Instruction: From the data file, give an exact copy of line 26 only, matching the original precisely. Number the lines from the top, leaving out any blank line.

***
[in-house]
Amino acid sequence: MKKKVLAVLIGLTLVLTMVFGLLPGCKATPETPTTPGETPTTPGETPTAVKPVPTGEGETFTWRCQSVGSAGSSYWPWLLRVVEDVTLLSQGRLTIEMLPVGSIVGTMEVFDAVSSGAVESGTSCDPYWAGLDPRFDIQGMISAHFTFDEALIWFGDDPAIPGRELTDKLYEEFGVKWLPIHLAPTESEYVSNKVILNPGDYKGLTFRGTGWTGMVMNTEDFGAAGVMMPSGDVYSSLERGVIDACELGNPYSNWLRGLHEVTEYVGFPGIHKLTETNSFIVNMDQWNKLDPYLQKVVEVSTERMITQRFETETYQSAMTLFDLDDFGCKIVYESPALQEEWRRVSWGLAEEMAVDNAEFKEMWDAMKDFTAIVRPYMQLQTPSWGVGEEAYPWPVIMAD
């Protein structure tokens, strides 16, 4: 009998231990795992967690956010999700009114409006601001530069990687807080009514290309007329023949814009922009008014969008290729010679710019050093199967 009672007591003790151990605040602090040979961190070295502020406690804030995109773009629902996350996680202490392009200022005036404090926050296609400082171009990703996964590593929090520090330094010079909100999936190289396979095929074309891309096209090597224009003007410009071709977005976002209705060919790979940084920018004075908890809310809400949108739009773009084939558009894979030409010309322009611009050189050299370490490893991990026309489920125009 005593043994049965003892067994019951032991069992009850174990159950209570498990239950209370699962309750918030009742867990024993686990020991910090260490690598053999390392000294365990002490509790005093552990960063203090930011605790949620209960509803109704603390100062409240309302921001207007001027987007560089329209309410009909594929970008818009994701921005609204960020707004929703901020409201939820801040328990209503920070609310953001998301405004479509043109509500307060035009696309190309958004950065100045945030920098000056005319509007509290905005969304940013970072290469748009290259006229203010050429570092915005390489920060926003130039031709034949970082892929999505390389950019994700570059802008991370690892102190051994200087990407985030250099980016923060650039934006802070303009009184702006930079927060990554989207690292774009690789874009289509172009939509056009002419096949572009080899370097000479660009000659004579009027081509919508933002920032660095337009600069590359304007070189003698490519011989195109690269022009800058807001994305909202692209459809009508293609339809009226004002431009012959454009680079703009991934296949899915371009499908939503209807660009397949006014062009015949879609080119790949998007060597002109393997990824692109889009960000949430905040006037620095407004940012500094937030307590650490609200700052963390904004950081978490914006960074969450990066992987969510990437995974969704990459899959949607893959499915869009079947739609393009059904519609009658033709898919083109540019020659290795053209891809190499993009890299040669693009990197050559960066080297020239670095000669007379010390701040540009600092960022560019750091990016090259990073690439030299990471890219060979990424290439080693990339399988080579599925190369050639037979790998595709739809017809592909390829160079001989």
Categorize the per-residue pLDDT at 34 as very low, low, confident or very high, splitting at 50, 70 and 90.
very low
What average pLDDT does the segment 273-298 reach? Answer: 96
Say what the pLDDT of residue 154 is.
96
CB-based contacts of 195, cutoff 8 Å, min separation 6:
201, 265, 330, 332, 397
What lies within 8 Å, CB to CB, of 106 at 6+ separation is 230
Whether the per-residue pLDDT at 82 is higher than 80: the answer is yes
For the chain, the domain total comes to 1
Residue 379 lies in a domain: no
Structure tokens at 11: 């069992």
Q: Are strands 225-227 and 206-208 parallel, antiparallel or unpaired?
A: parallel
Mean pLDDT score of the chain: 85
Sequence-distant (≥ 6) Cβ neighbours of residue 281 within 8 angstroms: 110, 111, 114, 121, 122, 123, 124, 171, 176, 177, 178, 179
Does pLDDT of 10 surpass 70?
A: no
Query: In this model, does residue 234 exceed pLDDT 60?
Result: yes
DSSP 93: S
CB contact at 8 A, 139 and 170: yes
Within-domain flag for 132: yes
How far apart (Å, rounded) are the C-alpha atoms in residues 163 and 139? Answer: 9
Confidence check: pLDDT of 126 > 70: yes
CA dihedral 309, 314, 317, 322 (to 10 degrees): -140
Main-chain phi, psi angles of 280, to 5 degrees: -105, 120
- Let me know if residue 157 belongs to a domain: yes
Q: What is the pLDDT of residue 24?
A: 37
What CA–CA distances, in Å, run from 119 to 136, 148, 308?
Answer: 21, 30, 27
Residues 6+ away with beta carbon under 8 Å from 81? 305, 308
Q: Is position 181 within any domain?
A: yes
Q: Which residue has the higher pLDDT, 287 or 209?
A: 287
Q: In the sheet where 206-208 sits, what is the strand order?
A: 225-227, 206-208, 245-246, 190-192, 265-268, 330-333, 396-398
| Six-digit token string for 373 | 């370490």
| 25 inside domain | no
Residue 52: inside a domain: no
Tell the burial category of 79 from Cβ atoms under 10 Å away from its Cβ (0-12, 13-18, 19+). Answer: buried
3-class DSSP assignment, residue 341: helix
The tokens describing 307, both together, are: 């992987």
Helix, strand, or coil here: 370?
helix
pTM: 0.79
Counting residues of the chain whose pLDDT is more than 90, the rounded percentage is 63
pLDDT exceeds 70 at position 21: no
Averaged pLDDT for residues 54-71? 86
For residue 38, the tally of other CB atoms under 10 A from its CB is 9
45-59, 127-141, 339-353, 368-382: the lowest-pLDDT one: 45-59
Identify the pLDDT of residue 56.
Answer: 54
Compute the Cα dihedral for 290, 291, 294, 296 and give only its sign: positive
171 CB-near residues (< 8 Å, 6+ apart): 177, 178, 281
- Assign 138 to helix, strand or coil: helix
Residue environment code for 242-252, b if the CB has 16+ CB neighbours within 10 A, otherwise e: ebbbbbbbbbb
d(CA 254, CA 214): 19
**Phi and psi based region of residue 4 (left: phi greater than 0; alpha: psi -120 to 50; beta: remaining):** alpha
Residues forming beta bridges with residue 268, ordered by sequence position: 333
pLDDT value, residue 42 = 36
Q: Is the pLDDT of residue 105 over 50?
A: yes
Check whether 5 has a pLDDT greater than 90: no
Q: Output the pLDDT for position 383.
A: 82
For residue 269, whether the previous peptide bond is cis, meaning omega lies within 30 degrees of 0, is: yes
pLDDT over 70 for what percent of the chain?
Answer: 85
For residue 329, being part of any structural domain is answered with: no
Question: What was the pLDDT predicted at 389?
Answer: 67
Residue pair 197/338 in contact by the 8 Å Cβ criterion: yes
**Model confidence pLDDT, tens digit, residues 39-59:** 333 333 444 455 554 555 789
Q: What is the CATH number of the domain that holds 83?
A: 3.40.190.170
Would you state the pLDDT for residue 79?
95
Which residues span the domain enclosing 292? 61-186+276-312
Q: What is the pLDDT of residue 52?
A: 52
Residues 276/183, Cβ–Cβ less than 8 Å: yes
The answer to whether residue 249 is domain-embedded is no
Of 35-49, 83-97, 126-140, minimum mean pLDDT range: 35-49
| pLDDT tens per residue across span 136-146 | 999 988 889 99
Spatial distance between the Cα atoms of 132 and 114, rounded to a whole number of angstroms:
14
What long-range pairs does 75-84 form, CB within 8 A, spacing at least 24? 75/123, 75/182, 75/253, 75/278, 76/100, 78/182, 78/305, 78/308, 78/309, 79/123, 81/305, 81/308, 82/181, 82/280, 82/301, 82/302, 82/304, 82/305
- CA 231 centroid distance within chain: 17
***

Within-domain flag for 132: yes